I could give numerous examples of how rewarding our experience was at the Sol encampments. But I also had a bad experience on the second big day of the occupation, on 17 or 18 May. During an evening assembly I witnessed how everybody there – some 1,500 people – unanimously agreed to demonstrate on Saturday 21 May, the day before the elections. This is known in Spain as the Day of Reflection, a day in which political gatherings and campaigning are strictly forbidden. The assembly facilitator asked everybody if they knew what they were doing. They said they did. Of course, I immediately reported this decision via Twitter. Alas, the legal and communication committees then stepped in and decided that the demonstration had to be called off because of the legal implications. So they went into denial, saying that the assembly had never reached an agreement. They were playing this game of saying that they personally would be there but were not calling on anyone to join them. They also accused everyone who didn’t toe the line of spreading misinformation.

It then dawned on me. The keys to the fledgling movement were its commissions: there was a legal commission, an infrastructure commission, an audiovisual commission, an assembly dynamisation commission, even a commission for the coordination of commissions. That was were 15M was being made. So I did my job and worked the sources. I talked to a lot of people, rang people up, had coffee with them. Many began to realise that not all journalists are dangerous or ill-intentioned. From that moment on, I was able to do stories which in a few years’ time I may wish to revisit, share, critique, while reflecting on the risks I took. Stories like the one about the first forty people who spent the night at Puerta del Sol. Or the one about the intense debates over whether or not to break camp. This required talking to a lot of people to ensure that no feelings were hurt.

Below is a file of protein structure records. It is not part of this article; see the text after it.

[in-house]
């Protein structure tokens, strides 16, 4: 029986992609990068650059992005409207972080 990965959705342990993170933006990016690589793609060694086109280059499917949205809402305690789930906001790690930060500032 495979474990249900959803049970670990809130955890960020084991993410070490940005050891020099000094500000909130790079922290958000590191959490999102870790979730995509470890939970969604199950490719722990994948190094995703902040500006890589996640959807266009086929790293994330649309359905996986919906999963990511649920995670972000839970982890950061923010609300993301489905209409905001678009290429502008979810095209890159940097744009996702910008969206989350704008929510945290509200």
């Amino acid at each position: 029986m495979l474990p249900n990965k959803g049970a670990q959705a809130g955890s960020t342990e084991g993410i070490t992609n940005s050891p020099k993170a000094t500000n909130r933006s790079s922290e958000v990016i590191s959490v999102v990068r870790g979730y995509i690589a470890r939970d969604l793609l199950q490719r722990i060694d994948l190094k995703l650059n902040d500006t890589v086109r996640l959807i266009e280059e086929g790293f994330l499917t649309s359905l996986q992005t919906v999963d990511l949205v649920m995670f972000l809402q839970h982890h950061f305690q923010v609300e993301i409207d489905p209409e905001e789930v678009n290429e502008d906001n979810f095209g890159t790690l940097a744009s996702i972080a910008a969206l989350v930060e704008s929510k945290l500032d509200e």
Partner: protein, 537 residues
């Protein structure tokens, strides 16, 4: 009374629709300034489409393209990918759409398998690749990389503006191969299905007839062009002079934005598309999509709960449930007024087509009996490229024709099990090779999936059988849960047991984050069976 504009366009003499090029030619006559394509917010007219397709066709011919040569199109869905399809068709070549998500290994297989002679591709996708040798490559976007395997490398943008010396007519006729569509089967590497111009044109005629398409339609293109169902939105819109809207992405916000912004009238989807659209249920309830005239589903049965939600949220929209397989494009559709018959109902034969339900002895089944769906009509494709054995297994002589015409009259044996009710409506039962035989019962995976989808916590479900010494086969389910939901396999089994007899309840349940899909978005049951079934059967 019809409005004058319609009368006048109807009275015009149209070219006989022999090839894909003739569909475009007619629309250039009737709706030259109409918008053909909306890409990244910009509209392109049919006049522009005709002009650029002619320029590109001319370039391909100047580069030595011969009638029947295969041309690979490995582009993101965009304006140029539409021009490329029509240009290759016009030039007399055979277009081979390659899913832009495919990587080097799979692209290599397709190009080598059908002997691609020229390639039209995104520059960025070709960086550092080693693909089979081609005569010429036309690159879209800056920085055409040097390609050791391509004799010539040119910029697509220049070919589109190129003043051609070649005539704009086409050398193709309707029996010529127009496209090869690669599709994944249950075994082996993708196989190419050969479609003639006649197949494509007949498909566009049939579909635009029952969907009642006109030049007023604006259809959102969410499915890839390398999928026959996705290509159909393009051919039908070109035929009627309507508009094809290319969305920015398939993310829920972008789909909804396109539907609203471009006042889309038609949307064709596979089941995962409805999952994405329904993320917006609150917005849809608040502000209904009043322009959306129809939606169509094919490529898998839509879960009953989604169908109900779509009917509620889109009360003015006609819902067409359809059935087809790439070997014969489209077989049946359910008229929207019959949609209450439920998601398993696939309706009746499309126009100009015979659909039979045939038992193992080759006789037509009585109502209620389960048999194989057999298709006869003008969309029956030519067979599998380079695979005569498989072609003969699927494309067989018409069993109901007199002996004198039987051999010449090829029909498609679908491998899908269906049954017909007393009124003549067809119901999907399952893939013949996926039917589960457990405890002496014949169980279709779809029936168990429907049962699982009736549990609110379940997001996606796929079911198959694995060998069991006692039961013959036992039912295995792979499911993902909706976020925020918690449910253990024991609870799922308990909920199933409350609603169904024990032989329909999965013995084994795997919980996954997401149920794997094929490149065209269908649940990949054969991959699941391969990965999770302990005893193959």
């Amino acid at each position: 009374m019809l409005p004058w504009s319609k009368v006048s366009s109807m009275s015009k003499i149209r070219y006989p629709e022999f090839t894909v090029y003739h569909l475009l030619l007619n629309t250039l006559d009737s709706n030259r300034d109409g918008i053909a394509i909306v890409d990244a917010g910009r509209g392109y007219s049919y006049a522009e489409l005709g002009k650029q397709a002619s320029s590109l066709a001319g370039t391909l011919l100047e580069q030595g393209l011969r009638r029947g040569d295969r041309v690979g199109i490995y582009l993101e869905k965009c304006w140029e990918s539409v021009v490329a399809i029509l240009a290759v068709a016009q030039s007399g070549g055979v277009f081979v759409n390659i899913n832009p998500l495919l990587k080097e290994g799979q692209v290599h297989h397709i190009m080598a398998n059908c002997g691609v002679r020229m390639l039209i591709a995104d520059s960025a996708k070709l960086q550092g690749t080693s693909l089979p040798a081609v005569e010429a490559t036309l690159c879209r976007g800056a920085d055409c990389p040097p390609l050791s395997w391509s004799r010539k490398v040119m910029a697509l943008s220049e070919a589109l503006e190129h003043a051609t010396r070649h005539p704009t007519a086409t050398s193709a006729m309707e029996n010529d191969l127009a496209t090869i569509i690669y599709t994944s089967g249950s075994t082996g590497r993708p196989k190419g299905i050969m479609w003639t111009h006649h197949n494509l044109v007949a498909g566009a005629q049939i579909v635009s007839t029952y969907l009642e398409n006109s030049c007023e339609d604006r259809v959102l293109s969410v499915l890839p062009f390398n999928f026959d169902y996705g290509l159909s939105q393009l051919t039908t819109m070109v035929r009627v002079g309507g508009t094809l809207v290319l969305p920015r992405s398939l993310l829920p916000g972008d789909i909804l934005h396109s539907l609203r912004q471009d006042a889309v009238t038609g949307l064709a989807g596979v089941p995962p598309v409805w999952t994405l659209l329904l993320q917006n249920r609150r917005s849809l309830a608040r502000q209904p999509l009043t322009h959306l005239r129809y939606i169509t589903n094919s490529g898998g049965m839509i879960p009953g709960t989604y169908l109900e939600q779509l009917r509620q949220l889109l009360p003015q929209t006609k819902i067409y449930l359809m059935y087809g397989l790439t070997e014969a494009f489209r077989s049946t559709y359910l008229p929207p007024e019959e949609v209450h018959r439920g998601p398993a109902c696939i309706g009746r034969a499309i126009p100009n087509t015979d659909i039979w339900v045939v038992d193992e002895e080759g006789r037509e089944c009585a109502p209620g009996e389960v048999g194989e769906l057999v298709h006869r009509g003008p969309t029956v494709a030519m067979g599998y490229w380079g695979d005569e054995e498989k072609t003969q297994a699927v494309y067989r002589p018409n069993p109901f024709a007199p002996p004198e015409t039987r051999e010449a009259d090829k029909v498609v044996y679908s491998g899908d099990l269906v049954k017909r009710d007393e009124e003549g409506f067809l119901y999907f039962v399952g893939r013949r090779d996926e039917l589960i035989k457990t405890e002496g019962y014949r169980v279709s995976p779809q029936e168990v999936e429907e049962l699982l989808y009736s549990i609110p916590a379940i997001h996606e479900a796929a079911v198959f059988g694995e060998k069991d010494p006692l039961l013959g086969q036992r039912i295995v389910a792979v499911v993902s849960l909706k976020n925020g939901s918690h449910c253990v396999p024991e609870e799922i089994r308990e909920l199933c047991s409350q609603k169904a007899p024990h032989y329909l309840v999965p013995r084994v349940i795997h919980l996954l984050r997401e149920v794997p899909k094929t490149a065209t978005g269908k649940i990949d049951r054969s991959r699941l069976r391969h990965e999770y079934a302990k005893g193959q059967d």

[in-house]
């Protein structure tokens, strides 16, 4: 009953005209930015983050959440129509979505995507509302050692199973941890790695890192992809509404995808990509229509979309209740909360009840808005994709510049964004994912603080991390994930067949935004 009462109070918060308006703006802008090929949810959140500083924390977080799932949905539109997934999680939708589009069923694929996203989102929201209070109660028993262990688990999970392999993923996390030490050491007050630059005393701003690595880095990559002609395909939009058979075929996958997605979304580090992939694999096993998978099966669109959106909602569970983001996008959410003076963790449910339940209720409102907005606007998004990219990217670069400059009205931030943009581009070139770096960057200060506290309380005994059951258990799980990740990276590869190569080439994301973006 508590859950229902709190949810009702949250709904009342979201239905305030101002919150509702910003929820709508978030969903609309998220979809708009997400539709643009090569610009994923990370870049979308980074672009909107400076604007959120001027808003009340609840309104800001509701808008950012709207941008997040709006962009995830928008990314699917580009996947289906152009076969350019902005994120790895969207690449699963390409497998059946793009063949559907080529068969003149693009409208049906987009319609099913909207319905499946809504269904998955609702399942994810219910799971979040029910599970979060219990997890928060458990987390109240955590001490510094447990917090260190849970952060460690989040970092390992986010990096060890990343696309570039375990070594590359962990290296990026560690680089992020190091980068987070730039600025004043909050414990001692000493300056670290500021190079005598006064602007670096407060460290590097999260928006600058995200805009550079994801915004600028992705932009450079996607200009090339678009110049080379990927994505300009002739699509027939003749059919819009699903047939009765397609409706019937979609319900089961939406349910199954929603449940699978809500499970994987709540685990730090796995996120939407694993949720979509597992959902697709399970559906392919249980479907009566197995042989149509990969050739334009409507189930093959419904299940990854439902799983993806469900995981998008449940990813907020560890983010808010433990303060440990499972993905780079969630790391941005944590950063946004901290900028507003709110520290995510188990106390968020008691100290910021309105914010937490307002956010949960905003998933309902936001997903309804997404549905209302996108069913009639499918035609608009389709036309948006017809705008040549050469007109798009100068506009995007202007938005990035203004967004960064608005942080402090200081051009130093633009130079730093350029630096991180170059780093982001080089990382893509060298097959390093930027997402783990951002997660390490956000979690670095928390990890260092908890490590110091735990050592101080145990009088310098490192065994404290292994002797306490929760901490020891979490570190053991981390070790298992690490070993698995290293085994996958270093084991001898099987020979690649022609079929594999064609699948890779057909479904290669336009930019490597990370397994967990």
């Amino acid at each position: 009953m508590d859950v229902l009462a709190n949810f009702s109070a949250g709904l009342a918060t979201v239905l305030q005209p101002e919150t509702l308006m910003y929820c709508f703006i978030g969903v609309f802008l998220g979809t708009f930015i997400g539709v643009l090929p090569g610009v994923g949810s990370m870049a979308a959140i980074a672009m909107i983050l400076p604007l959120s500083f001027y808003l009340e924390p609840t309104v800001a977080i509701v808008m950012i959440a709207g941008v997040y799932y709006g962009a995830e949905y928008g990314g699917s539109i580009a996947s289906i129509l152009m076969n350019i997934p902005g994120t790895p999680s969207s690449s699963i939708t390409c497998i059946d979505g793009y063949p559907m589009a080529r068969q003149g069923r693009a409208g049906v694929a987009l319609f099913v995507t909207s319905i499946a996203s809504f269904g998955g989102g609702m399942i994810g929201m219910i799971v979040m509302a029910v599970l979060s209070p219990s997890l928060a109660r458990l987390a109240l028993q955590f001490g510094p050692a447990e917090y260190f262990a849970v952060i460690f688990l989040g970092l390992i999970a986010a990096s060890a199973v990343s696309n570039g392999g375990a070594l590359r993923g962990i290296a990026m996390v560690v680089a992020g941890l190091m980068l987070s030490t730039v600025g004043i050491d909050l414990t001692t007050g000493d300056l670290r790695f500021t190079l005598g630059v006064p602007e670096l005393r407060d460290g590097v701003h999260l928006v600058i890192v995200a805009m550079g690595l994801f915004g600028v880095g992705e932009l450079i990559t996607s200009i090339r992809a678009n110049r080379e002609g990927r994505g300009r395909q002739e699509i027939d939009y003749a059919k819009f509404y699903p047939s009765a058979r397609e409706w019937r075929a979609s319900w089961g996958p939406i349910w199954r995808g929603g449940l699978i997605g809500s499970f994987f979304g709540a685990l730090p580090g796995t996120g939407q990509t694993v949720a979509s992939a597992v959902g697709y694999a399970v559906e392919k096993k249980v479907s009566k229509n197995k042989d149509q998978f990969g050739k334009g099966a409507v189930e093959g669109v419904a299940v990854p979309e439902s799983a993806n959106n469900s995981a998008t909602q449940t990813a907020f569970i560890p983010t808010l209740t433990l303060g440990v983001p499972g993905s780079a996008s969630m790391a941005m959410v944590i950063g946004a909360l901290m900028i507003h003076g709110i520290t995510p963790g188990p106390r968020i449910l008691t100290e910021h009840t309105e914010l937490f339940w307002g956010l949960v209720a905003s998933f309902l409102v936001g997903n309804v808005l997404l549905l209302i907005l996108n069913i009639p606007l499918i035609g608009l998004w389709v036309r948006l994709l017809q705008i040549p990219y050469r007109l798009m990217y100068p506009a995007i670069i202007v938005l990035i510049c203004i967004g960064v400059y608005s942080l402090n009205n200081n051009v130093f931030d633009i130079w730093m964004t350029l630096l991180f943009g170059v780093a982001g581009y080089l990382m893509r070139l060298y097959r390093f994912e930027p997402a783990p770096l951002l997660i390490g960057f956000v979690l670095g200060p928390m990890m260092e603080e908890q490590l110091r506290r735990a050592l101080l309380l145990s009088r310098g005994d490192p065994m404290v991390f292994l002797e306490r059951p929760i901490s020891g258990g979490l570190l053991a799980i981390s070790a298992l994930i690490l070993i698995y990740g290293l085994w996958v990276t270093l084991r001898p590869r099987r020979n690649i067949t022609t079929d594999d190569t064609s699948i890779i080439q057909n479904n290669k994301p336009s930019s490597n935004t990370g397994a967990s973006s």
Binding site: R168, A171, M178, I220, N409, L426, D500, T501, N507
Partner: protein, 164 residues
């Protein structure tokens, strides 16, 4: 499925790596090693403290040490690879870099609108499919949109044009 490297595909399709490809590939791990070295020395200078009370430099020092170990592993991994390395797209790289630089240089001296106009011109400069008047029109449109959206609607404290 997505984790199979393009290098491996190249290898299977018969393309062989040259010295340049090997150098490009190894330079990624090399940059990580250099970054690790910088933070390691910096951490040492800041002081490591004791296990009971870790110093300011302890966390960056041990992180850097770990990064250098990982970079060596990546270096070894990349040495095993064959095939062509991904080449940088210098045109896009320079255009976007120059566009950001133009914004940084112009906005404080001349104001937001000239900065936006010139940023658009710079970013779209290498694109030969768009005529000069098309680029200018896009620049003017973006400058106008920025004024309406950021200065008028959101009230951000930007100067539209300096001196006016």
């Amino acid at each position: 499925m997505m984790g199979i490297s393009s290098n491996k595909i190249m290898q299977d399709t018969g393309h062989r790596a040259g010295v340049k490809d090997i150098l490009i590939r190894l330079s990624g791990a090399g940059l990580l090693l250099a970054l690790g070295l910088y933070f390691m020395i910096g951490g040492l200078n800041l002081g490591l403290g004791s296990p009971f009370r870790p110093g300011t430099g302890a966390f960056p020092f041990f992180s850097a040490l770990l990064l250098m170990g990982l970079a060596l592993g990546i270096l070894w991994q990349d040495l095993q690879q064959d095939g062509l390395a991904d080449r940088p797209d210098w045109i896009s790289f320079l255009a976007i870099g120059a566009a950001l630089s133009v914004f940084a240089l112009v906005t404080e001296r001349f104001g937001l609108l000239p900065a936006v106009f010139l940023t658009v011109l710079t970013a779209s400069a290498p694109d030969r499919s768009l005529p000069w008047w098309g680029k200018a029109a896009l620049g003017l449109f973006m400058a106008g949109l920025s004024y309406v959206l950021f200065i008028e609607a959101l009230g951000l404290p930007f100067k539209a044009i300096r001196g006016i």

International media

On 17 May I climbed up to a roof terrace and uploaded a video straight from my mobile onto YouTube. The idea was to get 3G coverage. After a few hours the video had been shared hundreds of thousands of times. It became the most viewed current affairs video of the month in Spain. And then I found out that it was in the New York Times and in the Washington Post and on BoingBoing, which is one of the top English-language blogs in the world. From there it spread to many other media. In fact, the first Washington Post story about the protests featured a photo I took of a woman holding a non-violence banner.

From that moment on we were approached by radio stations in France, Chile, Argentina, Florida… There were articles in Al Jazeera and numerous other international media. They would often call us to ‘interview’ us but in actual fact they wanted us to do the story for them, free of charge. That happened a lot.

Our impression was that the foreign media understood the protests. On the whole, they explained the 15M protests with reference to the economic crisis. For instance, a New York Times journalist came to Madrid just after the 22 May elections, seven days into the square occupations. She phoned me up and I gave her some background information over breakfast. She then wrote a very sociological piece without resorting to stereotypes. Nothing jarred in her story.

The media will whack you

I fully understand why 15M participants were angry with the mainstream media. Mixing collective enthusiasm with corporate news-making is always going to be complicated. Yet I don’t think it’s very intelligent to fall for the insults and distortions lobbed at you by the media. I know it’s a cliché, but it is much better to be insulted than to be ignored. You have to open up to the media and assume that some of them will hit you hard.

The important thing is that at least some mainstream media do understand you. Not because you look after them, or because they are ‘yours’, but because variety is the spice of life. I was once at an assembly where they very nearly decided that the only camera allowed to record the session would be that of Sol’s audiovisual commission. The implications of this move – had they taken it – were frightening. Fortunately, they didn’t and these have been isolated instances. In the end everybody realised it didn’t make any sense. Not allowing the media to do their job is very un-15M. If someone came up with a list of friendly vs. enemy media I for one wouldn’t want to be on it.

Highs and lows